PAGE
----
11,980 reputation
23786
bio website neal.mcburnett.org
location Boulder, CO
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visits member for 3 years, 9 months
seen 2 days ago

I like to engage in "Technology Serving Community" via free software.

Consultant, Ubuntu member, Wikipedia contributor since 2002, ElectionAudits developer, Boulder Community Network co-founder, Internet2 consultant for IDtrust, author of pgpstat, Android enthusiast, ex-Bell Labs web/security/standards maven....

See my web site for way more: http://neal.mcburnett.org/


6h
awarded  Popular Question
Sep
8
reviewed Leave Open Tools to analyze Hooks on Windows 7 / 2008, x64 platform
Sep
8
reviewed Leave Open Tools for performing HTTP FLOOD attack?
Sep
8
reviewed Leave Open Classical Cryptography Tools
Sep
8
reviewed Reviewed Is it wrong to root login with SSH?
Sep
8
comment Is it wrong to root login with SSH?
Welcome to the site and thanks for the answer :) But can you include here the gist of the instructions that seem relevant? For the convenience of our readers, and since pages on other sites may go away at any time, we ask that you please give a full answer here, and just provide links for background info and credit.
Sep
8
reviewed Close What hash version is implemented on ThePirateBay.se? SHA-1 or MDA-5?
Sep
8
reviewed Close Next steps to get rid of malware?
Sep
8
reviewed Close Computer IP address tracking
Sep
8
reviewed Close Does Ally Bank's trusted image system actually make login safer?
Sep
8
comment Does Ally Bank's trusted image system actually make login safer?
Well, just add more phrases like "trusted image" to the other question....
Aug
21
awarded  Nice Question
Aug
7
answered Appropriate response to 2014 Russian Security Breach (CyberVor)
Aug
6
comment What is meant by “Use of privileged utility programs” in the ISO27001:2013 standard?
Besides programs that need root access, this would also seem to include programs that can override other controls, e.g. via set-group-id programs, or running under accounts that have special (but limited) sudo privileges, etc.
Aug
2
comment Can the USB standard be fixed to prevent the “firmware attack”?
@curiousguy My networking attacks comment may be an overinterpretation or stretch. But it seems that the usb device firmware could emulate a bluetooth or ethernet or other network device, and then inject packets into the host.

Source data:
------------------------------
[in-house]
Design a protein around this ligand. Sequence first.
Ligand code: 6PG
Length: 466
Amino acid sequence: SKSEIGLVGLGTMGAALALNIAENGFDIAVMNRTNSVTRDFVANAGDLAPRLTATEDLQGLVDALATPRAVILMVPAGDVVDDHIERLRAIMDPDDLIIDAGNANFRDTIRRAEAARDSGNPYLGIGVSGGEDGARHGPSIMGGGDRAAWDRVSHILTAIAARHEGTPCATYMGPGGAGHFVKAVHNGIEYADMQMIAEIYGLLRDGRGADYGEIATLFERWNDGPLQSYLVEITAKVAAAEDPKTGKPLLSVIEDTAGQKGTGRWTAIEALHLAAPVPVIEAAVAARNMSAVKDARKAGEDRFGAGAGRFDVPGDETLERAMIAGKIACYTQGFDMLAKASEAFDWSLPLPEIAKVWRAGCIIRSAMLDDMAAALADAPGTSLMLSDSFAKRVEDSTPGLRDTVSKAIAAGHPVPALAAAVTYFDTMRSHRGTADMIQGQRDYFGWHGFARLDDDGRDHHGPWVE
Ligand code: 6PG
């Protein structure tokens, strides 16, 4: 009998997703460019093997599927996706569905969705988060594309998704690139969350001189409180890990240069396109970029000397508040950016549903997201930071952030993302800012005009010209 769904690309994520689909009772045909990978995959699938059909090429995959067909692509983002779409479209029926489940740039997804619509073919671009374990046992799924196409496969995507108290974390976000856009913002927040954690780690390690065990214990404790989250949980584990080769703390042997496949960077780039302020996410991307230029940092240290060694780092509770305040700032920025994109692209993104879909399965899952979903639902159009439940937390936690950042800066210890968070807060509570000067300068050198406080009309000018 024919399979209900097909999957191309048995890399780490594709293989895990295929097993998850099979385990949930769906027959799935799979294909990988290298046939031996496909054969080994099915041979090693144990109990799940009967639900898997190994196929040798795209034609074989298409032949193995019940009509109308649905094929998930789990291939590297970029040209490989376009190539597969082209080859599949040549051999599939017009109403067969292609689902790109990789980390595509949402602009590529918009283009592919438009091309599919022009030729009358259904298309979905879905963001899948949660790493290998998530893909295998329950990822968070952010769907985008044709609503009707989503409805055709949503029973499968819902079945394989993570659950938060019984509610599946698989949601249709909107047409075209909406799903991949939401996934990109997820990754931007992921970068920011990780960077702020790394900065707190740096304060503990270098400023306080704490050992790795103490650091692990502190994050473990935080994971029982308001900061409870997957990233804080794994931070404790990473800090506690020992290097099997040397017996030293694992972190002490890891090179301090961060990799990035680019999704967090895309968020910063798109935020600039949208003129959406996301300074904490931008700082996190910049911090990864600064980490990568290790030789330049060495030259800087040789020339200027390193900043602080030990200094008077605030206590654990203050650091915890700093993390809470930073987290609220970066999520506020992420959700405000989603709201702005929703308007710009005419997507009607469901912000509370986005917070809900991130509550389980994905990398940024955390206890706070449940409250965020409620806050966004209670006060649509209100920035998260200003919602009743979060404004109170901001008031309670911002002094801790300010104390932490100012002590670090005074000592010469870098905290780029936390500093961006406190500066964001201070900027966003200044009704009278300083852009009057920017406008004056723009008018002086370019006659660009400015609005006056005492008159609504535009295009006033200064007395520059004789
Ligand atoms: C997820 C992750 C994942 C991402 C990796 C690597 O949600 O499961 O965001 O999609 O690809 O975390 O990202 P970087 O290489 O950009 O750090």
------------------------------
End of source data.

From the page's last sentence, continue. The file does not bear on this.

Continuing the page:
Aug
1
comment How difficult is the USB firmware attack?
The question as written is about how hard it is to attack a usb device. The question of how hard it is to attack a host, given a usb that does keyboard, network, mouse, etc is also highly dependent on the host - what OS it is running, if it is patched well, how observant the operator is, etc.
Aug
1
comment How difficult is the USB firmware attack?
Again, it all depends on the the device. This is sort of like asking "how difficult is it to attack a computer". Perhaps you're asking "Which USB device is most vulnerable to this attack and how hard is it to make the attack?" but some devices that are easy to attack will be very rare and thus uninteresting. Also, once an attack has been developed for a particular device it will often be very easy to package it so it is very easy for script kiddies to deploy it.
Aug
1
comment How difficult is the USB firmware attack?
It seems that it all depends on the specific USB implementation, so this question is "too broad". There are either too many possible answers, or good answers would be too long for this format. Please add details to narrow the answer set or to isolate an issue that can be answered in a few paragraphs.
Aug
1
comment Can the USB standard be fixed to prevent the “firmware attack”?
I suggest changing from the word "fixed" to "enhanced", and broadening the subject to other ways users can protect themselves. Or we need another questions to cover that.
Aug
1
comment Can the USB standard be fixed to prevent the “firmware attack”?
The WIRED story goes too far, but you don't go far enough. Much depends on the device, and the host. Not all keyboard or mouse input is evident to the user, especially if it happens after some inactivity. USB devices which can be dynamically reprogrammed in firmware to become a USB communications device class (or USB CDC) can launch networking attacks. Zero-day host vulnerabilities are widespread. So some USB devices should be treated as "hypodermic needles", and others are much safer.